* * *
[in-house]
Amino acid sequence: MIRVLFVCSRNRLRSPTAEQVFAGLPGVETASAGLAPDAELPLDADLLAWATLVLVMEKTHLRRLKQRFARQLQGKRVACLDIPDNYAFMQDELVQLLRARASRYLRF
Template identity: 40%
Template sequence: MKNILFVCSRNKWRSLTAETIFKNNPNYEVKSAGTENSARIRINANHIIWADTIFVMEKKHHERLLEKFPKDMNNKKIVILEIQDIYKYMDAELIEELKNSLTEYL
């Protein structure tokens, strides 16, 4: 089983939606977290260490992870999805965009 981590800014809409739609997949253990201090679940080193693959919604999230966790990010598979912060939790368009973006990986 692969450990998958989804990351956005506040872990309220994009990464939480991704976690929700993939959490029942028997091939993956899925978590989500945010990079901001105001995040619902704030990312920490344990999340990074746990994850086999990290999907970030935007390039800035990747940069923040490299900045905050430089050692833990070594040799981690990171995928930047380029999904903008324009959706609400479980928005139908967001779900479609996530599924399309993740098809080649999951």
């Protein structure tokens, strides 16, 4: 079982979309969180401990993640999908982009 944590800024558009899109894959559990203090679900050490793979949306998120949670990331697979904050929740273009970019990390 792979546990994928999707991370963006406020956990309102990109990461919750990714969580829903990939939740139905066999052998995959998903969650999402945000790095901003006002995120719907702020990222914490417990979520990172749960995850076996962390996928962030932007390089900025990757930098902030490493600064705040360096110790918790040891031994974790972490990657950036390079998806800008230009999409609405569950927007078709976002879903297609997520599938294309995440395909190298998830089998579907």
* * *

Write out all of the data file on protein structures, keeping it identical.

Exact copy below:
[in-house]
Amino acid sequence: MIRVLFVCSRNRLRSPTAEQVFAGLPGVETASAGLAPDAELPLDADLLAWATLVLVMEKTHLRRLKQRFARQLQGKRVACLDIPDNYAFMQDELVQLLRARASRYLRF
Template identity: 40%
Template sequence: MKNILFVCSRNKWRSLTAETIFKNNPNYEVKSAGTENSARIRINANHIIWADTIFVMEKKHHERLLEKFPKDMNNKKIVILEIQDIYKYMDAELIEELKNSLTEYL
């Protein structure tokens, strides 16, 4: 089983939606977290260490992870999805965009 981590800014809409739609997949253990201090679940080193693959919604999230966790990010598979912060939790368009973006990986 692969450990998958989804990351956005506040872990309220994009990464939480991704976690929700993939959490029942028997091939993956899925978590989500945010990079901001105001995040619902704030990312920490344990999340990074746990994850086999990290999907970030935007390039800035990747940069923040490299900045905050430089050692833990070594040799981690990171995928930047380029999904903008324009959706609400479980928005139908967001779900479609996530599924399309993740098809080649999951």
């Protein structure tokens, strides 16, 4: 079982979309969180401990993640999908982009 944590800024558009899109894959559990203090679900050490793979949306998120949670990331697979904050929740273009970019990390 792979546990994928999707991370963006406020956990309102990109990461919750990714969580829903990939939740139905066999052998995959998903969650999402945000790095901003006002995120719907702020990222914490417990979520990172749960995850076996962390996928962030932007390089900025990757930098902030490493600064705040360096110790918790040891031994974790972490990657950036390079998806800008230009999409609405569950927007078709976002879903297609997520599938294309995440395909190298998830089998579907």